Doctor of Philosophy (PhD)
Physics & Astronomy
Methodologies from data science and machine learning, both new and old, provide an exciting opportunity to investigate physical systems using extremely expressive statistical modeling techniques. Physical transitions are of particular interest, as they are accompanied by pattern changes in the configurations of the systems. Detecting and characterizing pattern changes in data happens to be a particular strength of statistical modeling in data science, especially with the highly expressive and flexible neural network models that have become increasingly computationally accessible in recent years through performance improvements in both hardware and algorithmic implementations. Conceptually, the machine learning approach can be regarded as one that employing algorithms that eschew explicit instructions in favor of strategies based around pattern extraction and inference driven by statistical analysis and large complex data sets. This allows for the investigation of physical systems using only raw configurational information to make inferences instead of relying on physical information obtained from a priori knowledge of the system. This work focuses on the extraction of useful compressed representations of physical configurations from systems of interest to automate phase classification tasks in addition to the identification of critical points and crossover regions.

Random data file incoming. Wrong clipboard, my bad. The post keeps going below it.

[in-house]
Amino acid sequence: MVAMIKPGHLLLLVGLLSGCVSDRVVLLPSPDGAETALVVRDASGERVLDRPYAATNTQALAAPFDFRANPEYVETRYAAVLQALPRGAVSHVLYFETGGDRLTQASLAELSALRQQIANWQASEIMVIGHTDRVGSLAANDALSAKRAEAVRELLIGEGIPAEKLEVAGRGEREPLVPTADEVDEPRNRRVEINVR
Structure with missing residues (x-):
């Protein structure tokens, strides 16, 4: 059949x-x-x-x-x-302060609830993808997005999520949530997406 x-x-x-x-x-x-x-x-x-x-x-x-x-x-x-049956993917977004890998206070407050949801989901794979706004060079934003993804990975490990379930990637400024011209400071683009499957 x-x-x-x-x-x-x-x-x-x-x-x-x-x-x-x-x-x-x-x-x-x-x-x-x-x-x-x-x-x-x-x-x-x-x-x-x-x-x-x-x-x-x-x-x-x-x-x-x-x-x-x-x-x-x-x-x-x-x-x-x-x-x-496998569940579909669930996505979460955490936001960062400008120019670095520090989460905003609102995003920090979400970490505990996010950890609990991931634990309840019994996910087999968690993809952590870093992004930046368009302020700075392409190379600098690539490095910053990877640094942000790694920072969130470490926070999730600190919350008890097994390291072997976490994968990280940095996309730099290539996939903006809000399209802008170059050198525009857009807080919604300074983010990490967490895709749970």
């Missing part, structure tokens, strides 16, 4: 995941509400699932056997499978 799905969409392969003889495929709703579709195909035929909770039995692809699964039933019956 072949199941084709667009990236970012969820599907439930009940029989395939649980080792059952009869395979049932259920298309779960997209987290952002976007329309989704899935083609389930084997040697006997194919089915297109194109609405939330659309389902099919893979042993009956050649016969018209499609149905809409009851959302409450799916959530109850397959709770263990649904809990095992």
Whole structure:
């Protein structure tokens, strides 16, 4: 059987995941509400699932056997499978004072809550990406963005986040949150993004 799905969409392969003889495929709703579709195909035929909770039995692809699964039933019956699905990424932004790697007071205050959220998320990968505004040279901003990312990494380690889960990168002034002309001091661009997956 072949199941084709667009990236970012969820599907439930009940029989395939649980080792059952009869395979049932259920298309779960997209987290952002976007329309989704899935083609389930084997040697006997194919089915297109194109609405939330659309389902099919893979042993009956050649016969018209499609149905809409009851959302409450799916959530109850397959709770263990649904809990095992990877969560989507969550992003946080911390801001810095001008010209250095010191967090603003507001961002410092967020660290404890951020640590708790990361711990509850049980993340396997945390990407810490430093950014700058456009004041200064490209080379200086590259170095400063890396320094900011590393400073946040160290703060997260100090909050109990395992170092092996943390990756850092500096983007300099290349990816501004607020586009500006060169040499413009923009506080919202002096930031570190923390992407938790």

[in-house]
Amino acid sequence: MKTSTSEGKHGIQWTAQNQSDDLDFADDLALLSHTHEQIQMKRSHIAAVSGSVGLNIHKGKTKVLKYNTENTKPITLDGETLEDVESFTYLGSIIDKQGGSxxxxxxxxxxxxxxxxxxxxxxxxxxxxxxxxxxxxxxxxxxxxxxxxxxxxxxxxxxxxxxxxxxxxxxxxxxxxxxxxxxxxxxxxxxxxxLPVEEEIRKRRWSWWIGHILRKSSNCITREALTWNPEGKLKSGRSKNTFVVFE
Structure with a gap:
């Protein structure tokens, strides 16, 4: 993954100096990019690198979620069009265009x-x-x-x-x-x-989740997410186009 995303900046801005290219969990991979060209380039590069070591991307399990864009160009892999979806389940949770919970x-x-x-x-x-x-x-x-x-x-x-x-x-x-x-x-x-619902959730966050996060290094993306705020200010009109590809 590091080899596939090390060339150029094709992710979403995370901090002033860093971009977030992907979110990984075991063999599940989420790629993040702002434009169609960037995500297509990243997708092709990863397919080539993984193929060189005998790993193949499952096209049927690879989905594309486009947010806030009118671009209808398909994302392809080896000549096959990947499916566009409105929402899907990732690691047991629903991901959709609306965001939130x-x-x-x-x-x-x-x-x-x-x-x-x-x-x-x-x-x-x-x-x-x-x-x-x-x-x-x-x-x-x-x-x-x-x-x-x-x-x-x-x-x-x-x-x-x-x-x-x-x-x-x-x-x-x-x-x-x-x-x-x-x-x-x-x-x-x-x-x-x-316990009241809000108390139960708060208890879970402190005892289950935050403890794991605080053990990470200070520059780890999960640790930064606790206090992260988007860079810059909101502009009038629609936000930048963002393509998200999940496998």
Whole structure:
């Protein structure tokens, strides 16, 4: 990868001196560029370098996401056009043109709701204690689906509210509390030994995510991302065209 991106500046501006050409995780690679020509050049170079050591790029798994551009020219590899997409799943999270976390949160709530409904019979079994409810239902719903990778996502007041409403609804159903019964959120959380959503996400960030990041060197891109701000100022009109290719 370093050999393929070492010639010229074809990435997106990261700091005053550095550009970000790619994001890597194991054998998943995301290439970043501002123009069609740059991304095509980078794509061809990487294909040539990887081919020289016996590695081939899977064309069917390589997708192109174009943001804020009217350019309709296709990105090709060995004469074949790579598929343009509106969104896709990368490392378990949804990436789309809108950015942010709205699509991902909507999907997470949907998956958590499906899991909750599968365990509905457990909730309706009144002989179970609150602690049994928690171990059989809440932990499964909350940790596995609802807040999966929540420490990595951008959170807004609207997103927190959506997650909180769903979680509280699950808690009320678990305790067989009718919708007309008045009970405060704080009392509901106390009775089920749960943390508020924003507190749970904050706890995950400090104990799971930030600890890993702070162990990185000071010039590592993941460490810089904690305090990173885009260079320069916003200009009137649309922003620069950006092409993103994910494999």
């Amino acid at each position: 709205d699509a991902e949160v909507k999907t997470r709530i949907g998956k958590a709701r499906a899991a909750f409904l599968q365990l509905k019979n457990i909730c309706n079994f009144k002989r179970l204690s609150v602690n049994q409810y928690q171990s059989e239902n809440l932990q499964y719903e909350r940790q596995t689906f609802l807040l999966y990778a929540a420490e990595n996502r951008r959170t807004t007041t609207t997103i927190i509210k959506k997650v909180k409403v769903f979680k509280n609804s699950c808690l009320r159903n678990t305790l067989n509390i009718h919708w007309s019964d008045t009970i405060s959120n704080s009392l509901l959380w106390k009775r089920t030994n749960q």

Walker, Nicholas, "Identifying Structure Transitions Using Machine Learning Methods" (2020). LSU Doctoral Dissertations. 5311.